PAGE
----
When Archer was born, he had difficulty nursing and gaining weight and was diagnosed with failure to thrive. We began to supplement with formula, but his weight gain remained slow and minimal. We didn’t know he had pbd at that time.
As he’s grown he has expanded his palate, but eating remained a regular challenge for many reasons. He was picky for one, and he would often gag when introduced to more complex textures. I struggled to get him to eat enough and in a reasonable amount of time, and as he got older he became increasingly too distracted to sit as long as I needed him to. Our family meal times deteriorated as my sole focus was on Archer’s nutrition. I began to feel anxious before meal times and often both of us ended up in tears with wasted food. Sometimes Archer ate well, and sometimes he wasn’t interested at all. I would feel exhausted as I tried to distract him with electronics and bribe him bite by bite. We tried feeding therapy, and a nutritionist even suggested we try highly sugared supplement drinks for him. During times of illness, he would refuse to eat and drink, which was always a huge source of stress. During one illness in particular, we ended up in the E.R. getting IV fluids. Traveling was stressful because I worried about finding things he would want to eat.
I considered a g-tube because many children with PBD have one, but I was scared. I worried he would stop eating by mouth, or that it would be more stress than what we were already experiencing. I began to research and ask other families about their experiences. I learned that many individuals, adults even, get g-tubes for a variety of medical reasons. Every family I spoke with shared what a positive experience it was for them, and I sensed the same from other stories I read. I wanted to give Archer the best possible nutrition while he is doing well, and not as a last resort. I realized it was a way we could help his body sustain itself through his disease process. This was a way we could help him fight PBD.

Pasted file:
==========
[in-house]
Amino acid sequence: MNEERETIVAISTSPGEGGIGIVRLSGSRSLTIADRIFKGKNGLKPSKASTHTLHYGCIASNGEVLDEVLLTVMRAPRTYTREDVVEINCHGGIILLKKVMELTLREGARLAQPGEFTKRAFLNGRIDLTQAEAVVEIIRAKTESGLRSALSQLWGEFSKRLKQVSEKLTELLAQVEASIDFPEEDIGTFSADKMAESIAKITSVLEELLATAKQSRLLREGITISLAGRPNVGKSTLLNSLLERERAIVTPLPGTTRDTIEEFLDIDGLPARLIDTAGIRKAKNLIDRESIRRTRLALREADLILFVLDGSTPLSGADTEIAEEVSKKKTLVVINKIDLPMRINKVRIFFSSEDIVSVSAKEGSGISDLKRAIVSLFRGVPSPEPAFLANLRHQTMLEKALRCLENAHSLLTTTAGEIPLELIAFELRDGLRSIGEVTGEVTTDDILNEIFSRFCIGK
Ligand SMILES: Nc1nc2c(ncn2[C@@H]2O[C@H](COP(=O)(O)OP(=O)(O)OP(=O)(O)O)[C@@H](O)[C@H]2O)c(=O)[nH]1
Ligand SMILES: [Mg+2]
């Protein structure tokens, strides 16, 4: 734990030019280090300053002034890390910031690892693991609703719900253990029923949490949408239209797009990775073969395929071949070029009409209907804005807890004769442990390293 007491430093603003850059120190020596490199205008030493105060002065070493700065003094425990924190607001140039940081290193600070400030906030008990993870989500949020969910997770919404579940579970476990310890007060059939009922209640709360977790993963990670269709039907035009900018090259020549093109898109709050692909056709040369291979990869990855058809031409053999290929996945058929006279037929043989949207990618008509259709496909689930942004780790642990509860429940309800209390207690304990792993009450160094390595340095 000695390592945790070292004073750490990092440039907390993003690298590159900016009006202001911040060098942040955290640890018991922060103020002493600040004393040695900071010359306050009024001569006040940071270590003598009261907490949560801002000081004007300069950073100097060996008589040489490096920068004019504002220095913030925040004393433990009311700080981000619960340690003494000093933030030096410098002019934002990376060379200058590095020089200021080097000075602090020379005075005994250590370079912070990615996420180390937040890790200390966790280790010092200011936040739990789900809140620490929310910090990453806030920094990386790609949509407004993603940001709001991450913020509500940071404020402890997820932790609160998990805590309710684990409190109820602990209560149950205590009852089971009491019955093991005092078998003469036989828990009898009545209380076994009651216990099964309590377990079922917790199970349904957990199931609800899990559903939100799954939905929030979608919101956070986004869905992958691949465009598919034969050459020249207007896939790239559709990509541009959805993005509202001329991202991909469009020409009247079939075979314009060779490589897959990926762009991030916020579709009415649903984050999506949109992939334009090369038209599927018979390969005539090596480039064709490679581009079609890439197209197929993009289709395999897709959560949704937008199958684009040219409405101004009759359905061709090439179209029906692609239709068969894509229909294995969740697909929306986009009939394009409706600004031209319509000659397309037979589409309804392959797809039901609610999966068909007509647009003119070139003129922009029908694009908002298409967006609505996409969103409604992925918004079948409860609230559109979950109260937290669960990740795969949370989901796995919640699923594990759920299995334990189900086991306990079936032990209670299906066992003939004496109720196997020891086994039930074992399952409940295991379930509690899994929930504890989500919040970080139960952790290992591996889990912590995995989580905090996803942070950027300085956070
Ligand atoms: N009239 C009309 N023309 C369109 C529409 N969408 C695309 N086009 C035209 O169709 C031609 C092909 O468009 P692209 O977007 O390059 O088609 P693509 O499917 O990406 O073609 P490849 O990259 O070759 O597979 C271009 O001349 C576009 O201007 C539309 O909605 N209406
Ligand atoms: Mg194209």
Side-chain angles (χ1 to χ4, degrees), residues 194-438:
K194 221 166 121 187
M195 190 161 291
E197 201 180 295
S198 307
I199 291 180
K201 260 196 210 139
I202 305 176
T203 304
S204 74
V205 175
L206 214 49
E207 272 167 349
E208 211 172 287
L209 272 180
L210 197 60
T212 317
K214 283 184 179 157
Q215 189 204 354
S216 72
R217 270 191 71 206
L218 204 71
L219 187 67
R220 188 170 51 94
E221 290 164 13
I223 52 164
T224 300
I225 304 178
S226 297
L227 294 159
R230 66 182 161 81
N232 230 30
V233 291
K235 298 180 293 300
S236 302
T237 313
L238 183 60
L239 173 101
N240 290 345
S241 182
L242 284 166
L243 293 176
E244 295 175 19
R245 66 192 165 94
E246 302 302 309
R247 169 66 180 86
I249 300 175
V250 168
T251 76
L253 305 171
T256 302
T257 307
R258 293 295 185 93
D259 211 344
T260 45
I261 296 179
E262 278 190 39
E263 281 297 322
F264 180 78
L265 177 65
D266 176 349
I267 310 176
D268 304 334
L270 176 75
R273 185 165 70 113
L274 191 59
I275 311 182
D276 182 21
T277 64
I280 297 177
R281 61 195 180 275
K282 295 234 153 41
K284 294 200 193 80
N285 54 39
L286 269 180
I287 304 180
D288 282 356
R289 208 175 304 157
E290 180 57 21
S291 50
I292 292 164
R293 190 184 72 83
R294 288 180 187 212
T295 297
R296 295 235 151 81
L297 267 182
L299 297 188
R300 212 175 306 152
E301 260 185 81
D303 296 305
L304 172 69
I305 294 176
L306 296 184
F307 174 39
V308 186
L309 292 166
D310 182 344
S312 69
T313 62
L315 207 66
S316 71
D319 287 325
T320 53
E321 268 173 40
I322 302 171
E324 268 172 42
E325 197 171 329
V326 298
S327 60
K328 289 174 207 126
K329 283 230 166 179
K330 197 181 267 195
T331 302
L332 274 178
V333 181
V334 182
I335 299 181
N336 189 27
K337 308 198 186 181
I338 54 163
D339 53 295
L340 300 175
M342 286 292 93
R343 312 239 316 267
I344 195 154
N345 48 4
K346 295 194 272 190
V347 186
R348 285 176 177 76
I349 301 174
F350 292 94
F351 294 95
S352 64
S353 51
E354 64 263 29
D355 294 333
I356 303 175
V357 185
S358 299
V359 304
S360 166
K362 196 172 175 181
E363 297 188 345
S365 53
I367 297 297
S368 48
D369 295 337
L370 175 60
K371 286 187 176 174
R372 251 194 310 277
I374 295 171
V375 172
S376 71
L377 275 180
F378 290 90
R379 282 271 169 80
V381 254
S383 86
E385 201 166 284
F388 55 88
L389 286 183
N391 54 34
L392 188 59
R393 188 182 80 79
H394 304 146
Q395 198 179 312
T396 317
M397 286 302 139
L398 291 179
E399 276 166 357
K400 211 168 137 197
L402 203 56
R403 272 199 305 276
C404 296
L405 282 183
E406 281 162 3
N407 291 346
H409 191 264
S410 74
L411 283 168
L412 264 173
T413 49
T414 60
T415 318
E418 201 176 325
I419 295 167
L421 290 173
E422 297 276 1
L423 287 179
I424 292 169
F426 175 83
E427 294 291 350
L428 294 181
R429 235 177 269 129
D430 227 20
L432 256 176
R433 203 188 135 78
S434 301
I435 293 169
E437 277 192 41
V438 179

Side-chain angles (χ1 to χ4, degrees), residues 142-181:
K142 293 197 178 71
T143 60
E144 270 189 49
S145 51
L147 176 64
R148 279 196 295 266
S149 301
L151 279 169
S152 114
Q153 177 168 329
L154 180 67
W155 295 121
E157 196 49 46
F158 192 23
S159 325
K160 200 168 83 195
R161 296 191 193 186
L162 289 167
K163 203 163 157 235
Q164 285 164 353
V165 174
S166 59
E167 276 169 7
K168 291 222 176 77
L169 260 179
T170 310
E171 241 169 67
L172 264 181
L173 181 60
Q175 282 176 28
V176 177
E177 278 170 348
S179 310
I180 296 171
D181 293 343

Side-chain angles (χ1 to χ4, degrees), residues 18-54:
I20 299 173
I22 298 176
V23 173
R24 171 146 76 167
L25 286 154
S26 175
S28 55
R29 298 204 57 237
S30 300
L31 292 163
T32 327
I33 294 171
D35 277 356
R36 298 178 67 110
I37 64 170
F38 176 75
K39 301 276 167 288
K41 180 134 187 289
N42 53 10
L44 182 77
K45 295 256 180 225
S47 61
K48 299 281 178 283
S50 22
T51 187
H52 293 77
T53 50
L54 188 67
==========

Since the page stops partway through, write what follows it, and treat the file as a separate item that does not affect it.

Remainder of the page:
It has been almost a month since his surgery, and we couldn’t be more pleased with this decision. It was a fairly simple surgery, and Archer recovered quickly. Of course we had some initial issues as we learned how to use it. My husband and I had to laugh at ourselves as we squirted food all over the walls and carpet. He was squeamish about the tube before the surgery, but he ended up being way better than I was at attaching the extension tube. It required a lot of teamwork initially because one person had to hold Archer’s hands away from his tummy because he wouldn’t let us attach the extension tube. The tube clogged early on as well.
Archer’s younger cousin Nathan also has a g-tube for a very different medical condition, and my sister-in law sent us how-to videos that I watched over and over. She would call and walk me through problems I was having, and told me about her favorite g-tube supplies (I never imagined we’d be bonding over our sons’ g-tubes, but I consider it a special blessing nonetheless!). I would have been so lost without her guidance during those first weeks! We are truly so grateful he has his g- tube. I see it as a very special part of him, and not something that makes me sad at all.
We have so little control over how PBD affects Archer’s body, even as it struggles more and more with daily living as he grows older. We have taken a little of that control back by getting him consistent, adequate nutrition and fluids. Worrying about his nutrition has taken so much time and energy the past 8 years, and I have definitely experienced caregiver burnout from feeding stress alone. Now I feel a huge weight lifted, knowing we don’t have to worry about that part of his long term care. He can eat by mouth as he wishes, and we can supplement with extra calories as needed. Archer hasn’t let it slow him down a bit, and he has adjusted beautifully. He even has a teddy bear with g-tube that the hospital gave him.
Getting a feeding tube for Archer has been such a huge blessing for him and our family!